Why We Tell Stories

Nitya Rajeshuni //

“Long before I wrote stories, I listened for stories. Listening for them is something more acute than listening to them. I suppose it’s an early form of participation in what goes on. Listening children know stories are there. When their elders sit and begin, children are just waiting and hoping for one to come out, like a mouse from its hole.” 1

— Eudora Welty

On the third floor, there lives an old piano. Unwilfully overlooked, it hides tucked away in its recess, just round the bend from the elevators—the type of corner you miss because its planes merge so smoothly that the boundary is unintelligible, the space beyond simultaneously belonging and misfit. Behind it looms a gaping window, the kind where you feel if only you could thrust your palm through, you might just catch stardust—a portal to a mysterious world.  On the backs of its keys, I am momentarily privy to the weights it has borne, lines delicately etched in the silhouettes of my fingerprints, whittled from dust. Maybe stardust? Rarely confronted, it stalwartly stands guard, the warden of the third floor, its residents whose cells are selfishly multiplying, and the nomads like myself, armed with stethoscopes and beepers, all in search of a thread of magic.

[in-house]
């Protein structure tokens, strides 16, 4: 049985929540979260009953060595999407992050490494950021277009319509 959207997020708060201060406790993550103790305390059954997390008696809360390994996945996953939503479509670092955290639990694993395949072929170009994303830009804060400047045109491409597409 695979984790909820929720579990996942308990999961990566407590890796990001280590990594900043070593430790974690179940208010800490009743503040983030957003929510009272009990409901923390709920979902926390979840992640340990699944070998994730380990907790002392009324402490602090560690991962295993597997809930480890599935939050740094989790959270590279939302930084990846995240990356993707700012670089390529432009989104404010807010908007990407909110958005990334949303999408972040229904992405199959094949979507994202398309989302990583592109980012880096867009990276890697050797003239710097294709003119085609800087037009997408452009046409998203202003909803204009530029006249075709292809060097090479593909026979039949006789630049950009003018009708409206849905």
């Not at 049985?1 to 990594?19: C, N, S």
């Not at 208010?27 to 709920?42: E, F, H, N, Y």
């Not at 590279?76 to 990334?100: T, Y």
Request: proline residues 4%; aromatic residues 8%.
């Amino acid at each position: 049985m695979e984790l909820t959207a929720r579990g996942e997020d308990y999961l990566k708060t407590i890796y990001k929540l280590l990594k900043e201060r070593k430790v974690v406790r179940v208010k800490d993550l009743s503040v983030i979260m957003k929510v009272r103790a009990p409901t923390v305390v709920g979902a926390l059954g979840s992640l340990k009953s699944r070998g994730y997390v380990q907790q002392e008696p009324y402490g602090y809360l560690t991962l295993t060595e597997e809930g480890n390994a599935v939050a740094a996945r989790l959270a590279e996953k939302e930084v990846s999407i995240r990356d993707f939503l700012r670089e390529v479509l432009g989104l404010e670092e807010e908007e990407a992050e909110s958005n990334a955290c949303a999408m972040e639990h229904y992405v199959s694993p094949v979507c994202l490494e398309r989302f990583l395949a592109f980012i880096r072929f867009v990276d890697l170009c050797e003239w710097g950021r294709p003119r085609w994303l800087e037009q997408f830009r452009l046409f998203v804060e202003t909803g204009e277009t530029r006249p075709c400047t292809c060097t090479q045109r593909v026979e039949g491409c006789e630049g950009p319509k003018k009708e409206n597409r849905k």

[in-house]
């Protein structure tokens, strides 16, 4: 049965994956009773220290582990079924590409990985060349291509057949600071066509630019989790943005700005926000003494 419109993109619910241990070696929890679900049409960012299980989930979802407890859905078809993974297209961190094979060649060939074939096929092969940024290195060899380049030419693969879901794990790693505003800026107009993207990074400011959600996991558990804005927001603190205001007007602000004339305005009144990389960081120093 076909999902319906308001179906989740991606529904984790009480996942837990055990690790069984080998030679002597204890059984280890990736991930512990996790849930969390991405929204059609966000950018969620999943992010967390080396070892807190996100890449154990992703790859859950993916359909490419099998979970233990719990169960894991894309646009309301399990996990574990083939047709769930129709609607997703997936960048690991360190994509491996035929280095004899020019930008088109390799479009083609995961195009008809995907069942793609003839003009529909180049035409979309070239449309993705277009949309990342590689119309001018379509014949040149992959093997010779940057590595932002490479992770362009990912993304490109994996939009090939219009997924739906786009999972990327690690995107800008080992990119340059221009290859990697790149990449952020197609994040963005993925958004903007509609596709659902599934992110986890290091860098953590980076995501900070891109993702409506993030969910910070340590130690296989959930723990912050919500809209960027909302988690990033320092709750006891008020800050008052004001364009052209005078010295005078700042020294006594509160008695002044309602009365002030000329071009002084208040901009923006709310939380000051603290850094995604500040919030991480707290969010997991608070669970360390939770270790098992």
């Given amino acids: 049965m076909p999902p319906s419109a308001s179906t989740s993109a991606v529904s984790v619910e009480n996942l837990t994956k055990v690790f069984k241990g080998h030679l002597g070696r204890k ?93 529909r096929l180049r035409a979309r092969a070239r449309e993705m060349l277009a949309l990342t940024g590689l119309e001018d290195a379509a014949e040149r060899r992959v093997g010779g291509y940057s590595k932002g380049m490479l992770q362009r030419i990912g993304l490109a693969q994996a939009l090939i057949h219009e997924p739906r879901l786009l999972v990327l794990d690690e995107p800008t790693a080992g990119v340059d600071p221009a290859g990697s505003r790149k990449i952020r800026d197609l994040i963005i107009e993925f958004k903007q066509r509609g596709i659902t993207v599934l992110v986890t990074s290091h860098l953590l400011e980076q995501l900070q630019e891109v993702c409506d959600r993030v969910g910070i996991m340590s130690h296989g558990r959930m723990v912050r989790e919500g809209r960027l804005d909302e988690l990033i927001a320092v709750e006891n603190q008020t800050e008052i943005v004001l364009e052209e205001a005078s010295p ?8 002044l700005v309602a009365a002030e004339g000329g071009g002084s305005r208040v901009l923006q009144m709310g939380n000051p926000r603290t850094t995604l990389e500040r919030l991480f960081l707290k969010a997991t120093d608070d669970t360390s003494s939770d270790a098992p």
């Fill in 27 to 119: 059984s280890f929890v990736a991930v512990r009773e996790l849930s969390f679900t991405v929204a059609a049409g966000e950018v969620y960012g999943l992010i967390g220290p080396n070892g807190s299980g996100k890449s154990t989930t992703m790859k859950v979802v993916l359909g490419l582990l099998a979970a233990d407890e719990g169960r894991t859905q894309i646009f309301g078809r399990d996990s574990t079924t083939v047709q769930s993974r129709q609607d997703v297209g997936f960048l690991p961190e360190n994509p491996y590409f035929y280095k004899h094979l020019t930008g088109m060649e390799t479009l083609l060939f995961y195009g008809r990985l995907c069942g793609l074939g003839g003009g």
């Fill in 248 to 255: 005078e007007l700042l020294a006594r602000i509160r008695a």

When the nights are quiet, I like to steal away to the piano on the third floor.  Sometimes I uncover fragments of old repertoire, like knick-knacks from a collection of memories. Other times, I foray into foreign grounds, lilting through newly accustomed melodies. However, my staple, a paean of sorts, is “Theme of Mitsuha” from Makoto Shinkai’s film Kimi no Na wa or Your Name.2 In this animated masterwork, Shinkai artfully weaves a poignant story of two beloveds separated by time and space. Amidst the antics of time-traveling, shooting stars, and body-swapping emerges a tale that transcends beyond love and courage to faith, conviction, connection, and time.  A central theme is that of Musubi. There’s a scene in which the protagonist Mitsuha and her grandmother are seen braiding sacred threads, a tradition passed onto them from their ancestors, their lineage responsible for guarding the Miyamizu shrine.  Her grandmother muses: